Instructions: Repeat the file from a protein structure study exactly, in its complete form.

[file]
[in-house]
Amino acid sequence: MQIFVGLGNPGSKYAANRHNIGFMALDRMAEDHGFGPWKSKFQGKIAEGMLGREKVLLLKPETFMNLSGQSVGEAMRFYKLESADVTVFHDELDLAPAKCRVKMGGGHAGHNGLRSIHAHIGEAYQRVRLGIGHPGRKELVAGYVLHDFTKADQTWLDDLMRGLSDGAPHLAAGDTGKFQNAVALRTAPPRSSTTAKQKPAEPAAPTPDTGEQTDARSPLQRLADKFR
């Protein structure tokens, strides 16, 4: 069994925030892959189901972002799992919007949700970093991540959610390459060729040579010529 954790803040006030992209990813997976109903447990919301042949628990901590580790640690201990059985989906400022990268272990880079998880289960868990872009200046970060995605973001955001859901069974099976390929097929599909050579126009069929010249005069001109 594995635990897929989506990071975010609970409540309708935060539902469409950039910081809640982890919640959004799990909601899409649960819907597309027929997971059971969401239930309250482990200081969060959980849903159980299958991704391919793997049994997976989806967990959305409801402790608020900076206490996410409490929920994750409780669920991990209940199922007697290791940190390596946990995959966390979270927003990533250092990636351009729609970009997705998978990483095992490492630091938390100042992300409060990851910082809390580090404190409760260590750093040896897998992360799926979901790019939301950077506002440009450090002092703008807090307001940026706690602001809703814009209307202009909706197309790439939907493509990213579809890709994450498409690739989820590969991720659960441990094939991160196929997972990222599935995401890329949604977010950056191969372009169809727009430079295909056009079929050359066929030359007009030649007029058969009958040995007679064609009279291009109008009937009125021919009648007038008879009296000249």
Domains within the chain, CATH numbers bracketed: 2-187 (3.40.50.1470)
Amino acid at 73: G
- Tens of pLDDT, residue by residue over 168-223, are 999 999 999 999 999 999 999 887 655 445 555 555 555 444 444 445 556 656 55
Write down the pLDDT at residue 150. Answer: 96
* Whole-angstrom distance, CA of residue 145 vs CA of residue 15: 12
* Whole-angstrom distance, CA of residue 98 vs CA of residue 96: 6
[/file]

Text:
[in-house]
Amino acid sequence: MQIFVGLGNPGSKYAANRHNIGFMALDRMAEDHGFGPWKSKFQGKIAEGMLGREKVLLLKPETFMNLSGQSVGEAMRFYKLESADVTVFHDELDLAPAKCRVKMGGGHAGHNGLRSIHAHIGEAYQRVRLGIGHPGRKELVAGYVLHDFTKADQTWLDDLMRGLSDGAPHLAAGDTGKFQNAVALRTAPPRSSTTAKQKPAEPAAPTPDTGEQTDARSPLQRLADKFR
């Protein structure tokens, strides 16, 4: 069994925030892959189901972002799992919007949700970093991540959610390459060729040579010529 954790803040006030992209990813997976109903447990919301042949628990901590580790640690201990059985989906400022990268272990880079998880289960868990872009200046970060995605973001955001859901069974099976390929097929599909050579126009069929010249005069001109 594995635990897929989506990071975010609970409540309708935060539902469409950039910081809640982890919640959004799990909601899409649960819907597309027929997971059971969401239930309250482990200081969060959980849903159980299958991704391919793997049994997976989806967990959305409801402790608020900076206490996410409490929920994750409780669920991990209940199922007697290791940190390596946990995959966390979270927003990533250092990636351009729609970009997705998978990483095992490492630091938390100042992300409060990851910082809390580090404190409760260590750093040896897998992360799926979901790019939301950077506002440009450090002092703008807090307001940026706690602001809703814009209307202009909706197309790439939907493509990213579809890709994450498409690739989820590969991720659960441990094939991160196929997972990222599935995401890329949604977010950056191969372009169809727009430079295909056009079929050359066929030359007009030649007029058969009958040995007679064609009279291009109008009937009125021919009648007038008879009296000249």
Domains within the chain, CATH numbers bracketed: 2-187 (3.40.50.1470)
Amino acid at 73: G
- Tens of pLDDT, residue by residue over 168-223, are 999 999 999 999 999 999 999 887 655 445 555 555 555 444 444 445 556 656 55
Write down the pLDDT at residue 150. Answer: 96
* Whole-angstrom distance, CA of residue 145 vs CA of residue 15: 12
* Whole-angstrom distance, CA of residue 98 vs CA of residue 96: 6